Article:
Nov 27, 2023 - News

Phoenix's cost of living exceeds national average, but not by much

Cost-of-living index in Phoenix, Q3 2023
Data: The Council for Economic and Social Research; Chart: Kavya Beheraj/Axios

The cost of living in Phoenix is higher than the national average, though not by much and by less than some other Valley cities.

The big picture: The cost of goods and services in Phoenix is just under 2 points higher than the national average, according to the Council for Community and Economic Research's cost-of-living index, which is designed to measure "regional differences," Axios' Alex Fitzpatrick and Kavya Beheraj report.

  • Of the 269 urban areas in the index, Phoenix was the 81st most expensive.
  • Lake Havasu City was the most expensive of the seven Arizona cities in the index, at 23 points above the national average, while Bullhead City was the least, at 6.5 points below.
  • Surprise, Gilbert, Prescott and Flagstaff also rated as more expensive than Phoenix.

How it works: An index value of 100 represents the national average cost of living across 269 cities.

  • If a city has a value over 100, its cost of living is higher than average; under 100 is lower than average.
  • The composite index is based on prices for groceries, health care, housing, transportation, utilities and miscellaneous goods and services.

Zoom in: Unsurprisingly, the category in which Phoenix had the highest costs was housing, at 12 points above the national average.

  • That gave Phoenix the 56th highest housing costs of the cities in the index.
  • A lack of supply has helped drive up housing prices in the Valley, where sky-high growth rates have historically been fueled, at least partly, by low housing costs.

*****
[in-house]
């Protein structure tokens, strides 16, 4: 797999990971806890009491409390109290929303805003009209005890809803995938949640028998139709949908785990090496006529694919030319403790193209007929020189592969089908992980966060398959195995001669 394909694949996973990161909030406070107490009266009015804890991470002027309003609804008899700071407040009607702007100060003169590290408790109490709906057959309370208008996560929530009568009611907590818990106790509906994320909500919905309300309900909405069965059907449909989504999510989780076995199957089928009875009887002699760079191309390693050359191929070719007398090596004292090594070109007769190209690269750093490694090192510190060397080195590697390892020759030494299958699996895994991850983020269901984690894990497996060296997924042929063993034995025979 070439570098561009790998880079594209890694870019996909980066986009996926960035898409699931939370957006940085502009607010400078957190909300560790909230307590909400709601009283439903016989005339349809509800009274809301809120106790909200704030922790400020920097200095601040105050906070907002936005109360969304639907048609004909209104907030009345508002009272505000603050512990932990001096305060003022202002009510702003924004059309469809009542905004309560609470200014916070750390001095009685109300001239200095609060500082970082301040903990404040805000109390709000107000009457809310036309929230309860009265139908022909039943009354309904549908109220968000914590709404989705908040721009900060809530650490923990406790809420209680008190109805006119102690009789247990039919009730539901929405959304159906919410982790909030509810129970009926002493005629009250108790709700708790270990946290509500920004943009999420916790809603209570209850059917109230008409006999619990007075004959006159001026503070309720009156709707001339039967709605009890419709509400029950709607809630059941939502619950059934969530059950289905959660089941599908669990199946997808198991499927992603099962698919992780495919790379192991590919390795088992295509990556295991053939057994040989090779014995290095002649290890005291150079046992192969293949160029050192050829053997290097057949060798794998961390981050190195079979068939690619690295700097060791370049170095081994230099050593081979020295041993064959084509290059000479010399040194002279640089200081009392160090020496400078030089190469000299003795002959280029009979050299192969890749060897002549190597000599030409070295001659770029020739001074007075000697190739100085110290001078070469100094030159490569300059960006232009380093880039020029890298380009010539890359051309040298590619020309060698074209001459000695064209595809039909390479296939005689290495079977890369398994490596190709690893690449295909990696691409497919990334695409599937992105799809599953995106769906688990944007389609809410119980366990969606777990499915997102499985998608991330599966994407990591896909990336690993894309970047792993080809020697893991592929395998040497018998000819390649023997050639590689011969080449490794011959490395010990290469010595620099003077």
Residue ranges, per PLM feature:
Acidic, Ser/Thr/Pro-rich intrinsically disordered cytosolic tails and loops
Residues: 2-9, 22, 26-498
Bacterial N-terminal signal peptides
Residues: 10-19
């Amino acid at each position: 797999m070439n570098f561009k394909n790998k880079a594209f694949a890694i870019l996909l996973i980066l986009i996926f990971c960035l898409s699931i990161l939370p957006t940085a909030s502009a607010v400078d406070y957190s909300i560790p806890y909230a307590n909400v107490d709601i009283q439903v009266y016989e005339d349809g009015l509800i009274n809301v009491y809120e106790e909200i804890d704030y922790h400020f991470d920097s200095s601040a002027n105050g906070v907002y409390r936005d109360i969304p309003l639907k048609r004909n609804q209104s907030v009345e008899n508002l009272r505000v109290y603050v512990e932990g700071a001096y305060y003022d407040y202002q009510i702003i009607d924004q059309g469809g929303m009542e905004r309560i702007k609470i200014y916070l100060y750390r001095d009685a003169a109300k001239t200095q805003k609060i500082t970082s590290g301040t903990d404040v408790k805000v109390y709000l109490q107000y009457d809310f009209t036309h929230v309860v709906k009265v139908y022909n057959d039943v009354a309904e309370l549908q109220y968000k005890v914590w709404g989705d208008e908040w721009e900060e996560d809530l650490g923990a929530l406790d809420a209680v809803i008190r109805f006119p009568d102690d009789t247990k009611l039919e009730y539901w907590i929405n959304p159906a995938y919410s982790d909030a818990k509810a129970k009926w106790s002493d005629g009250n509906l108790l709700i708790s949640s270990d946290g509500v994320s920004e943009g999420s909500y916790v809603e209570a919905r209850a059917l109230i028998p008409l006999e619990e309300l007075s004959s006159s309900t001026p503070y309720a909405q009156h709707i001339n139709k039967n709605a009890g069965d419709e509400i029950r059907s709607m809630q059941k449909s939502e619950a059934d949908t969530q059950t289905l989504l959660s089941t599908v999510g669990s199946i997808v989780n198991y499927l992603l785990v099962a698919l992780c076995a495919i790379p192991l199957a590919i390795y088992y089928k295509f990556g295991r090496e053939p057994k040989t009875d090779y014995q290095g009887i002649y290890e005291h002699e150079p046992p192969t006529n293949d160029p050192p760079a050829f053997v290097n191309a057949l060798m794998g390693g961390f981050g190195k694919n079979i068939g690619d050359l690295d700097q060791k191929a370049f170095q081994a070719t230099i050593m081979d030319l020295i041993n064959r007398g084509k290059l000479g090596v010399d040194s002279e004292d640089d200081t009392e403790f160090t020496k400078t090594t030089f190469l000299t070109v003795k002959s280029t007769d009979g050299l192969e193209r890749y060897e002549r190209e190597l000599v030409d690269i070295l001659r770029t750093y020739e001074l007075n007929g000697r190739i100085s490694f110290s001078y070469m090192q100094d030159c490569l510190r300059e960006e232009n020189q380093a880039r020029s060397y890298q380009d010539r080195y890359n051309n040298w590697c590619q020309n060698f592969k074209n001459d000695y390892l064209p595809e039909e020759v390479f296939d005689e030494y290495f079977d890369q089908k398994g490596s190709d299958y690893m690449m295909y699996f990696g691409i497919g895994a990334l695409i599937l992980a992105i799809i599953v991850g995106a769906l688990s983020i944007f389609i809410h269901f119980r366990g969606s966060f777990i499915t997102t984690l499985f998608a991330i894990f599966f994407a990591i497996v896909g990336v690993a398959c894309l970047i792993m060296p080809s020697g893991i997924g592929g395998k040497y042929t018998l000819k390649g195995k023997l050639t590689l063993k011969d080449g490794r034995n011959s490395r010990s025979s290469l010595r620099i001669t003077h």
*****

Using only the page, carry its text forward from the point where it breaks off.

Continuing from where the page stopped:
• Groceries were nearly 5 points above average, and transportation was roughly 4 points higher.

Yes, but: Phoenix had below-average costs for health care and utilities.

Cost-of-living index, Q3 2023
Data: The Council for Economic and Social Research; Note: Map only shows urban areas with more than 100,000 people; Map: Kavya Beheraj/Axios

Between the lines: While the most expensive cities tended to be on the coasts, Phoenix was part of a trend that saw above-average costs across the Mountain West.

Zoom out: Among cities with more than 100,000 residents, Honolulu (179.2), San Jose (171.3) and San Francisco (169.5) had the country's highest relative cost of living as of the third quarter of 2023.

  • Residents of McAllen, Texas (80.2); Augusta, Georgia (82.8); and Amarillo, Texas (84.4) enjoyed the lowest cost of living.
  • The index separated New York into its individual boroughs, and Manhattan topped the list at nearly 128 points above average, about 49 points ahead of second-place Honolulu.

The bottom line: Each quarter, the Council for Community and Economic Research assembles a cost-of-living index designed to measure "regional differences in the cost of consumer goods and services."

  • The result: A snapshot in time useful for comparing relative costs across cities.

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